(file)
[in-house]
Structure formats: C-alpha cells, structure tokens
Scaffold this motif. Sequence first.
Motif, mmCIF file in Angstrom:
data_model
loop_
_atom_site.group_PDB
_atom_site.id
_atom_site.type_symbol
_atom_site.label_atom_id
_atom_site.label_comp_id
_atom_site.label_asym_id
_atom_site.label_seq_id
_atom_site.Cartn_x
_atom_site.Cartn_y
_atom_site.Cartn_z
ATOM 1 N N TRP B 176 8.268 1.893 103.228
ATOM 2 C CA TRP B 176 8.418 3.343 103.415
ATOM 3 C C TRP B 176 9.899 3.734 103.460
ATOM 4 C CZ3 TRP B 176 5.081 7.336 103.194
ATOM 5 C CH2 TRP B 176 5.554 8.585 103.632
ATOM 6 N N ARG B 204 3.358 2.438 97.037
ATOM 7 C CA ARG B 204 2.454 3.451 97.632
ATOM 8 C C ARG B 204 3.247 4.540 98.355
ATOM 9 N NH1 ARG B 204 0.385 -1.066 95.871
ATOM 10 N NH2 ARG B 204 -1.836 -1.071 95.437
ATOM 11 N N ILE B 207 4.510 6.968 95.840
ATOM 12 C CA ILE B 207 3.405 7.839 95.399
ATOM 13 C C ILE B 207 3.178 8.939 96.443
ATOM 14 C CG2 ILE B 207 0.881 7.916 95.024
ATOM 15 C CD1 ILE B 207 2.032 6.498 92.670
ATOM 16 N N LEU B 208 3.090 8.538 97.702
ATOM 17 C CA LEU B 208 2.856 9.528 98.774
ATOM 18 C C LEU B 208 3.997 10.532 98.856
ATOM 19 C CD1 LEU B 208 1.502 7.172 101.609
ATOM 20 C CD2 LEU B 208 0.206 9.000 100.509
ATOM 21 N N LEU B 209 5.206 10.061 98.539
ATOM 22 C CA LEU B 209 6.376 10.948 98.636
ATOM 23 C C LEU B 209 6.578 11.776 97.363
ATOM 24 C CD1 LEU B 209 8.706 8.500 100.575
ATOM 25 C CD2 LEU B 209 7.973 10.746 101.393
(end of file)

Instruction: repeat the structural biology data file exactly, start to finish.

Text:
[in-house]
Structure formats: C-alpha cells, structure tokens
Scaffold this motif. Sequence first.
Motif, mmCIF file in Angstrom:
data_model
loop_
_atom_site.group_PDB
_atom_site.id
_atom_site.type_symbol
_atom_site.label_atom_id
_atom_site.label_comp_id
_atom_site.label_asym_id
_atom_site.label_seq_id
_atom_site.Cartn_x
_atom_site.Cartn_y
_atom_site.Cartn_z
ATOM 1 N N TRP B 176 8.268 1.893 103.228
ATOM 2 C CA TRP B 176 8.418 3.343 103.415
ATOM 3 C C TRP B 176 9.899 3.734 103.460
ATOM 4 C CZ3 TRP B 176 5.081 7.336 103.194
ATOM 5 C CH2 TRP B 176 5.554 8.585 103.632
ATOM 6 N N ARG B 204 3.358 2.438 97.037
ATOM 7 C CA ARG B 204 2.454 3.451 97.632
ATOM 8 C C ARG B 204 3.247 4.540 98.355
ATOM 9 N NH1 ARG B 204 0.385 -1.066 95.871
ATOM 10 N NH2 ARG B 204 -1.836 -1.071 95.437
ATOM 11 N N ILE B 207 4.510 6.968 95.840
ATOM 12 C CA ILE B 207 3.405 7.839 95.399
ATOM 13 C C ILE B 207 3.178 8.939 96.443
ATOM 14 C CG2 ILE B 207 0.881 7.916 95.024
ATOM 15 C CD1 ILE B 207 2.032 6.498 92.670
ATOM 16 N N LEU B 208 3.090 8.538 97.702
ATOM 17 C CA LEU B 208 2.856 9.528 98.774
ATOM 18 C C LEU B 208 3.997 10.532 98.856
ATOM 19 C CD1 LEU B 208 1.502 7.172 101.609
ATOM 20 C CD2 LEU B 208 0.206 9.000 100.509
ATOM 21 N N LEU B 209 5.206 10.061 98.539
ATOM 22 C CA LEU B 209 6.376 10.948 98.636
ATOM 23 C C LEU B 209 6.578 11.776 97.363
ATOM 24 C CD1 LEU B 209 8.706 8.500 100.575
ATOM 25 C CD2 LEU B 209 7.973 10.746 101.393